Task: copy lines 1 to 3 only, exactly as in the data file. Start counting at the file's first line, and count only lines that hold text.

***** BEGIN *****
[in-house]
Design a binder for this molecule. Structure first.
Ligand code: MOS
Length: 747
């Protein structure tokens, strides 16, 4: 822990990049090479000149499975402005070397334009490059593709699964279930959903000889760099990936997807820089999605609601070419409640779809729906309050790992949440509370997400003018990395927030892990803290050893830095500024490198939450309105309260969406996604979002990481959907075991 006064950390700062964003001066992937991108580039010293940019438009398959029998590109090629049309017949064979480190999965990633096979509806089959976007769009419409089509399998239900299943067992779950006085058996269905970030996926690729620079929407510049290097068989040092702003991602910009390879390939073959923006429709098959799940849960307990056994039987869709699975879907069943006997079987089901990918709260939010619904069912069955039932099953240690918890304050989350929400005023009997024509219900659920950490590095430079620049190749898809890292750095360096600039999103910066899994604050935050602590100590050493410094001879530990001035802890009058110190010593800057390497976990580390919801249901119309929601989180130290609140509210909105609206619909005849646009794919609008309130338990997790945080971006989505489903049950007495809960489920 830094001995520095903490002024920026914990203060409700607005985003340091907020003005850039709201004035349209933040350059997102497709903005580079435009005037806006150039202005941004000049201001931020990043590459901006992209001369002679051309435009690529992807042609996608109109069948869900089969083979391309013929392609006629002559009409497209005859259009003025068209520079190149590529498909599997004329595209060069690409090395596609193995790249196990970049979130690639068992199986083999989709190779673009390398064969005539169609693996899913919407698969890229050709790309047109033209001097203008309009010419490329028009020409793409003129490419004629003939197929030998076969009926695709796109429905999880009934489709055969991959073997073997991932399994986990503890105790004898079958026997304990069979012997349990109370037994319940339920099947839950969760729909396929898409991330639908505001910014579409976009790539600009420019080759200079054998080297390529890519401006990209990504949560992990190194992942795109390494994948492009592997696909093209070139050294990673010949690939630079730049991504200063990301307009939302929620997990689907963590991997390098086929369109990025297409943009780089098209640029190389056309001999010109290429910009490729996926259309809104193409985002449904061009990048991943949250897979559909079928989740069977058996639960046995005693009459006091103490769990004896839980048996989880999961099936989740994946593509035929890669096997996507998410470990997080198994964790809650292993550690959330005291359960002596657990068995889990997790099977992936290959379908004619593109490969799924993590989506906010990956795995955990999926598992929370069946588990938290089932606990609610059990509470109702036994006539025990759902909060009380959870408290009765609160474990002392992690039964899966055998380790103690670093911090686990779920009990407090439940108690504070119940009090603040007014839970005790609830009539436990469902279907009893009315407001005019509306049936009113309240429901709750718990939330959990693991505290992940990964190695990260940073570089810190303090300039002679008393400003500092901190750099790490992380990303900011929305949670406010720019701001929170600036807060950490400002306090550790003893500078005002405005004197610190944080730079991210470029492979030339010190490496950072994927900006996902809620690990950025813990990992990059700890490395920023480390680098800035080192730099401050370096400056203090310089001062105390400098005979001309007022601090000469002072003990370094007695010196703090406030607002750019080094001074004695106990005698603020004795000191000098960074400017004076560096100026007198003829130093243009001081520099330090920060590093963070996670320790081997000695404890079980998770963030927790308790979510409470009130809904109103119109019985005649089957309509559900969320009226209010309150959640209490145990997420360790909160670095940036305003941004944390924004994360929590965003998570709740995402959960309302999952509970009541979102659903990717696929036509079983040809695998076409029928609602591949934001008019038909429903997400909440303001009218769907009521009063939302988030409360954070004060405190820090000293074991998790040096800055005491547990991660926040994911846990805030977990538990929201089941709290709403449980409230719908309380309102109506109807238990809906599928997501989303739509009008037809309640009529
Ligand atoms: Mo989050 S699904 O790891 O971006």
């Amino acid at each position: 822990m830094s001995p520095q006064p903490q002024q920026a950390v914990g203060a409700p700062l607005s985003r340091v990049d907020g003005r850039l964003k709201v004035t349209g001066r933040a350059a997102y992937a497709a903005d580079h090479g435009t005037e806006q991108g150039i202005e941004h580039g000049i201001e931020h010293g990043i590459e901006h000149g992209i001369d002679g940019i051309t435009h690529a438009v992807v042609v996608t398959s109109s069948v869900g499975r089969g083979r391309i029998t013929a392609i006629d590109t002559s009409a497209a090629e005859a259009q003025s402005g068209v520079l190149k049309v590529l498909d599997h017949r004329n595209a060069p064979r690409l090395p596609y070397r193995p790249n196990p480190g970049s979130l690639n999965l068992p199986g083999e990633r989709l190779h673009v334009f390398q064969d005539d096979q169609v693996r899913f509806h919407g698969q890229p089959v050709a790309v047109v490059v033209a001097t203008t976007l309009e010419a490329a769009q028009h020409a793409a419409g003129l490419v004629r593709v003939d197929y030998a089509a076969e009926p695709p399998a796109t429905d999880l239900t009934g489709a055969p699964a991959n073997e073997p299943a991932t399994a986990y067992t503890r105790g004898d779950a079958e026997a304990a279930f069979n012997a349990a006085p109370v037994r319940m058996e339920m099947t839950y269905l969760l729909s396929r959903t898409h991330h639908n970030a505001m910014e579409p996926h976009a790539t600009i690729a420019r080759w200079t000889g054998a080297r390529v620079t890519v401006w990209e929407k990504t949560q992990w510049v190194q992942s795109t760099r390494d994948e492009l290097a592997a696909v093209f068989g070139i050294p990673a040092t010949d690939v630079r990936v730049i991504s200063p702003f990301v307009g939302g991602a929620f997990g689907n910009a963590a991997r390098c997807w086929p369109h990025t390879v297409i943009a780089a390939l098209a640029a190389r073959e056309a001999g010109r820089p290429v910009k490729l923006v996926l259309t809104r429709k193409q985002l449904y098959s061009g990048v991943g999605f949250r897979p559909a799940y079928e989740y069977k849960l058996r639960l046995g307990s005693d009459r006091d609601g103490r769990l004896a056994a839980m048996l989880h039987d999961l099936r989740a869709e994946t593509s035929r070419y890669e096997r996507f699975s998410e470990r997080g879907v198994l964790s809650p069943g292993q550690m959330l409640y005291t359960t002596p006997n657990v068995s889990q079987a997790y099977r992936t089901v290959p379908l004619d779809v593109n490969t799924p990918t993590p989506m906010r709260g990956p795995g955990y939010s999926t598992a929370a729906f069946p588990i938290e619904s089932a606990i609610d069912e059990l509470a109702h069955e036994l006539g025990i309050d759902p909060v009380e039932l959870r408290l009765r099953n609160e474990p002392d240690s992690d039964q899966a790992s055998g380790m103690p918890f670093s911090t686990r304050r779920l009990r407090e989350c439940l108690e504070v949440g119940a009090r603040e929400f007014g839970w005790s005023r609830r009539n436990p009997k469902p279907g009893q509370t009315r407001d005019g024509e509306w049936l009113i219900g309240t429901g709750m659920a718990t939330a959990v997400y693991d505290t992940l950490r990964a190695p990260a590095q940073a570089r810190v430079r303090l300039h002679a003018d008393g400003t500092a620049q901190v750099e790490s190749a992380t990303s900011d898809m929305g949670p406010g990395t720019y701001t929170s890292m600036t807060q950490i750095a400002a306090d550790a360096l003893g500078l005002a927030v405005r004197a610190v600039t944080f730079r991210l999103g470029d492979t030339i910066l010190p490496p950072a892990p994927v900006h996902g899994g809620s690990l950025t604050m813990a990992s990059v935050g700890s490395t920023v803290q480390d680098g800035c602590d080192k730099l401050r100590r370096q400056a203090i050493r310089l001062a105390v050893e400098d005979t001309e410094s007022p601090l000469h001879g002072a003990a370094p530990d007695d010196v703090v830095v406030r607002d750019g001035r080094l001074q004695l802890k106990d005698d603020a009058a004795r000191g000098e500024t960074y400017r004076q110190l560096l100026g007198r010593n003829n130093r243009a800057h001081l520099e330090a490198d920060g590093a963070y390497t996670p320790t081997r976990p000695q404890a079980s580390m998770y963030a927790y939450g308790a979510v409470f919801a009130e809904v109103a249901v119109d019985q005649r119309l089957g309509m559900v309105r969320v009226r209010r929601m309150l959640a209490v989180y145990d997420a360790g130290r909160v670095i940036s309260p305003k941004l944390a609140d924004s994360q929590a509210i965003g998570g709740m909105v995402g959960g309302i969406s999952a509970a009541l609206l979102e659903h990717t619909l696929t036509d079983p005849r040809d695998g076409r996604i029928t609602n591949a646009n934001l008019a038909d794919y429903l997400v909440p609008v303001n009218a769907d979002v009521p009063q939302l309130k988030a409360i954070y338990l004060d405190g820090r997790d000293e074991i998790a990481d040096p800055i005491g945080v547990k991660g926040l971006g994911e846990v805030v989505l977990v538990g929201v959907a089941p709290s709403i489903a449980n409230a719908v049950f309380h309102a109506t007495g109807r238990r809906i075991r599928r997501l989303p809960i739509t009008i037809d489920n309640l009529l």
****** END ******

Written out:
[in-house]
Design a binder for this molecule. Structure first.
Ligand code: MOS